A recent decision by the Third District Court of Appeals has engendered uncertainty about the manner of creating mixed used developments containing a residential condominium component in Florida.
The case of IconBrickell Condominium No. Three Association v. New Media Consulting, LLC, decided October 7, 2020 involved an appeal from summary judgment granted to an owner of a residential unit in the third tower of the Icon Brickell project on Brickell Avenue in downtown Miami, ordering reformation of the declaration of condominium.
The condominium contains 509 units composed of 501 residential units, 7 commercial units and one "hotel unit." The declaration of condominium invested the hotel unit with ownership of portions of the building classified as "shared facilities." The "shared facilities" as part of the hotel unit were areas of the building that might generally be characterized as the common elements. The owner of the hotel unit was given the authority to control such areas and assess the residential owners for the cost of maintenance, repair and restoration.
Following an assessment against the residential owners in the amount of $727,216.01 in 2017 in connection with the restoration of a swimming pool shared by all three buildings, the plaintiff brought suit in 2018 alleging that the condominium declaration violated Florida's Condominium Act.
The trial court granted the plaintiff's motion for summary judgment, holding that the condominium declaration violated the Condominium Act in seven respects: (1) allocated expenses in a manner other that on each owner's percentage interest in the condominium; (2) recharacterized common elements as "shared facilities;" (3) failed to assign ownership in the common elements in accordance with size of the units or equally; (4) assigned control of the common elements to a minority condominium owner; (5) granted the hotel unit owner, rather than the condominium association, control of the maintenance repair and improvement of the common elements; (6) shifted the burden for condominium and master association assessments from the hotel unit owner to the residential owners; and (7) allowed the hotel unit owner to employ third party service providers in its sole discretion and without competitive bids. The trial court order required that the declaration of condominium be reformed to correct the violations.
On appeal, the Third District affirmed the holding of the trial court in a somewhat ambiguous opinion. While the appellate court appears to attempt to affirm the lower court judgment on the narrowest terms possible, quoting in a footnote that, "[I]f it is not necessary to decide more, it is necessary not to decide more. . ."], the court's ultimate analysis is far from clear. The Third District placed its reliance on Section 718.108(1) of the Condominium Act which contained a definition of common elements:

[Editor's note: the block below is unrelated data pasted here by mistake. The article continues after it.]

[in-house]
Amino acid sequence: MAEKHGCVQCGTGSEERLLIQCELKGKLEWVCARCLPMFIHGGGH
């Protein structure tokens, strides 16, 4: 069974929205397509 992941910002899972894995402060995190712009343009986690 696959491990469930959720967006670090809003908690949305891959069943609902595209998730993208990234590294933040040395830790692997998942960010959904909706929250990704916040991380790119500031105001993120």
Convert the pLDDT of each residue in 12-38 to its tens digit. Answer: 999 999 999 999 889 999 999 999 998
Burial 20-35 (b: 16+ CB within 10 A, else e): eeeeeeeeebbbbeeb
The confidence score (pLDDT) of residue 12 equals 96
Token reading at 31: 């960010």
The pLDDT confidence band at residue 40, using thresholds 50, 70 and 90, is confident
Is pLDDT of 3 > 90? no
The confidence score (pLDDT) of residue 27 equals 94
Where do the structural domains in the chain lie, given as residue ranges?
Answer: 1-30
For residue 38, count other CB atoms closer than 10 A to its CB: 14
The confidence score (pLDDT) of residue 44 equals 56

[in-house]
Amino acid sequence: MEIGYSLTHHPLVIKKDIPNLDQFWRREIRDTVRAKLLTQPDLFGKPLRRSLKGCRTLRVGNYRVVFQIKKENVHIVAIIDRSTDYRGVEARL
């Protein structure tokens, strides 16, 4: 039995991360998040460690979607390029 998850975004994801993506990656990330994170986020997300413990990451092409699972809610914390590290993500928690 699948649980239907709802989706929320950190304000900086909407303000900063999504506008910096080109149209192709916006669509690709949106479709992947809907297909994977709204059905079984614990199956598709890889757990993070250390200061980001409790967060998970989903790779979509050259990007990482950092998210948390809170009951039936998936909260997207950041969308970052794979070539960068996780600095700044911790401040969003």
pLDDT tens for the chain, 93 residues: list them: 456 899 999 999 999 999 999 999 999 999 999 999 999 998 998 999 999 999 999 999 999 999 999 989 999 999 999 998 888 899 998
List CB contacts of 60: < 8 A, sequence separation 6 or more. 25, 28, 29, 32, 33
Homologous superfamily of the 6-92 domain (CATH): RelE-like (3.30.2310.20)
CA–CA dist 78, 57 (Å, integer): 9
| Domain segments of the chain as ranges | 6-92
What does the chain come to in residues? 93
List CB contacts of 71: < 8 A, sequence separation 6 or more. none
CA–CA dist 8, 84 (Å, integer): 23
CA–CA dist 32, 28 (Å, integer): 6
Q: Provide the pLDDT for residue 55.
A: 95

- “Common elements” includes within its meaning the following:
a. The condominium property which is not included within the units.
b. Easements through units for conduits, ducts, plumbing, wiring, and other facilities for the furnishing of utility services to units and the common elements.
c. An easement of support in every portion of a unit which contributes to the support of a building.
d. The property and installations required for the furnishing of utilities and other services to more than one unit or to the common elements.
The opinion held that the common elements described in this statutory provision could not be recharacterized as non-common elements. But the court stated, "We decline to embrace the broader proposition that the transfer of ownership and control of any amenities traditionally designated as common elements violates the spirit, if not the letter of the law."
Many have read the above analysis to mean that the appellate court addressed only those provisions of the declaration of condominium relating to utility lines that were part of the shared facilities. Their conclusion is that the Third District merely indicated that the utility lines controlled by the hotel unit owner serving the residential units were, in fact, common elements of the residential portion of the condominium and could not be divested.
However, others have read the opinion more broadly. The Third District's affirmance did note that "this threshold misnomer [of the shared facilities] engendered the litany of additional statutory violations comprehensively delineated in the order below." And the Court's affirmance of the district court was a general one, not limited to the utility lines.
It is appears clear from the appellate court's opinion that one cannot recharacterize statutorily described common elements as something else. What is not clear as a result of this particular decision is how the declaration of condominium involved in this case can be reformed (as the plaintiff requested and the trial court ordered), since it should be noted that the hotel unit owner, which owned the shared facilities, was not made a party to the case.
Unfortunately, the appellate court gives us limited guidance on what a drafter can do to avoid a claim for reformation when dealing with commonly used portions of a mixed use project that are not specifically covered by the statute. This is especially important in mixed use projects, like mixed use projects containing hotels, which are required to meet certain "brand standards." Owners of projects with existing "shared components" or "shared facilities" should consider reviewing with counsel the underlying condominium documents in light of potential claims by residential owners of mixed use projects. Treatment of such common areas in new mixed use projects with a residential condominium component should be carefully considered.